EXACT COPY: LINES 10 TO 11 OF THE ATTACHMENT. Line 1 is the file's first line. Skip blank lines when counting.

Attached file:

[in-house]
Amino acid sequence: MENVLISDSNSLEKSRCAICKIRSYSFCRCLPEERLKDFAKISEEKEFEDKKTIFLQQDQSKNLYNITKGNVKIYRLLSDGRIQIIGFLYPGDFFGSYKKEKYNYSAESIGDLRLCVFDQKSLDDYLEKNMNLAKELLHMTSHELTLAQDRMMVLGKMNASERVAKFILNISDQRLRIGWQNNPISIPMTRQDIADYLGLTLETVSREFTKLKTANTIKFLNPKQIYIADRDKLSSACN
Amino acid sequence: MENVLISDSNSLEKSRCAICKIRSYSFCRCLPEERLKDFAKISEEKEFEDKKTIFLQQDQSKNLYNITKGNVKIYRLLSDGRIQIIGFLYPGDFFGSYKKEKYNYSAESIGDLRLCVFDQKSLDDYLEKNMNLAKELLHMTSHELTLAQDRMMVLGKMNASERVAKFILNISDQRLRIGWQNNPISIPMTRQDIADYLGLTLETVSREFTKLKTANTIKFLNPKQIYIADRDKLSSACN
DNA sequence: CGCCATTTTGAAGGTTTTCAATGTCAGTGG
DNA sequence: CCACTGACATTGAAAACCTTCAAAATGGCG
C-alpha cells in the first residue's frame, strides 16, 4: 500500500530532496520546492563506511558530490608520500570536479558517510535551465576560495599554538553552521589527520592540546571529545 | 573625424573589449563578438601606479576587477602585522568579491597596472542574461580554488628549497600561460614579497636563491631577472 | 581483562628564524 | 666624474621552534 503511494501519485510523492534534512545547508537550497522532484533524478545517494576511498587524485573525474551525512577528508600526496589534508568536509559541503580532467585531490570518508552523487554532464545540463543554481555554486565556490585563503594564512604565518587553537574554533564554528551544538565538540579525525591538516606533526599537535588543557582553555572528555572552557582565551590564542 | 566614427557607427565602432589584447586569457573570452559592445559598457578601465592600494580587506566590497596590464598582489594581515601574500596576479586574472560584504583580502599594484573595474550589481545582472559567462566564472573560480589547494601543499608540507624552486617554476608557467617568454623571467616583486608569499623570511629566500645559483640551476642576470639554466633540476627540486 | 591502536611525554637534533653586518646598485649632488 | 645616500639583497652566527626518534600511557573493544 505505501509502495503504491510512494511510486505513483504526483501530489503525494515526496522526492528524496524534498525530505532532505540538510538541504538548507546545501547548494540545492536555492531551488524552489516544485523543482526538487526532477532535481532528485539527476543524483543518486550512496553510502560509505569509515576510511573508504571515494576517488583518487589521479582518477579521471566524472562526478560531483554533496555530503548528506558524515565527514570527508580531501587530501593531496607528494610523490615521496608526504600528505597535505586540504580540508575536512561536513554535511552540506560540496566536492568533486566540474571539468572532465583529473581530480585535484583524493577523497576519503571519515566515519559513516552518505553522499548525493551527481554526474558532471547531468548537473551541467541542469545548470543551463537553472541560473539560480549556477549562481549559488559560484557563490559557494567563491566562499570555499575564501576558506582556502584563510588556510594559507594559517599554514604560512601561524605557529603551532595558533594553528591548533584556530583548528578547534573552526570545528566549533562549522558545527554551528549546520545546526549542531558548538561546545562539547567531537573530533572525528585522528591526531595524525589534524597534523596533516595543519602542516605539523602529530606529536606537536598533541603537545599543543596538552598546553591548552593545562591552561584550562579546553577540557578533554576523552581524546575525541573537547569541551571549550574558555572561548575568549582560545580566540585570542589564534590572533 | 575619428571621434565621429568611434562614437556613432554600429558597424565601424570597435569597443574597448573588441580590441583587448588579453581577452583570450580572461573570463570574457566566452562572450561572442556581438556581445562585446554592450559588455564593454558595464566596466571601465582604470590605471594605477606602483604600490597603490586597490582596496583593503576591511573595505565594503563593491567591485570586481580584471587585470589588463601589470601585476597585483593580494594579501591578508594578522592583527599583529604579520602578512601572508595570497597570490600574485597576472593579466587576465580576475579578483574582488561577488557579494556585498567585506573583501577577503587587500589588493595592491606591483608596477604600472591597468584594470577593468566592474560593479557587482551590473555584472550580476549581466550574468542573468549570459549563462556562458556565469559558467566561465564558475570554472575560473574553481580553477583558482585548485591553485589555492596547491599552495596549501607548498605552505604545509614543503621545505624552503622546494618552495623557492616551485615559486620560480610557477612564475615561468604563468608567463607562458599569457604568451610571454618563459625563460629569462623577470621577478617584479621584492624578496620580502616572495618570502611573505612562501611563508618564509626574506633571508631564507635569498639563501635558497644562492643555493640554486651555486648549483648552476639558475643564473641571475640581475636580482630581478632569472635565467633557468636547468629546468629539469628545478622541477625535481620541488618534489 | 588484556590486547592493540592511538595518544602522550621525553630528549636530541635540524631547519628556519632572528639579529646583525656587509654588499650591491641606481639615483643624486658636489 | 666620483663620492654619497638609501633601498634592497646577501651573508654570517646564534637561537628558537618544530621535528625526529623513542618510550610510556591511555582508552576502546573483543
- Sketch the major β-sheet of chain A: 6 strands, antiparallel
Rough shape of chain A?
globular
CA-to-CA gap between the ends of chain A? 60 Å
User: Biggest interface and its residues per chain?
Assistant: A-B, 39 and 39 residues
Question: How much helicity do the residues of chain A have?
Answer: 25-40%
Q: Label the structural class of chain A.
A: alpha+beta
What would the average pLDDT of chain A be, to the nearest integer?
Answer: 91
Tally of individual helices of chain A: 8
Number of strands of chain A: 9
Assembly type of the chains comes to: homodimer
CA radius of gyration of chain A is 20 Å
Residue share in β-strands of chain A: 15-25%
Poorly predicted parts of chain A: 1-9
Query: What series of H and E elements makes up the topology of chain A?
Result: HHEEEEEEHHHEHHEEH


CA-to-CA gap between the ends of chain A? 60 Å
User: Biggest interface and its residues per chain?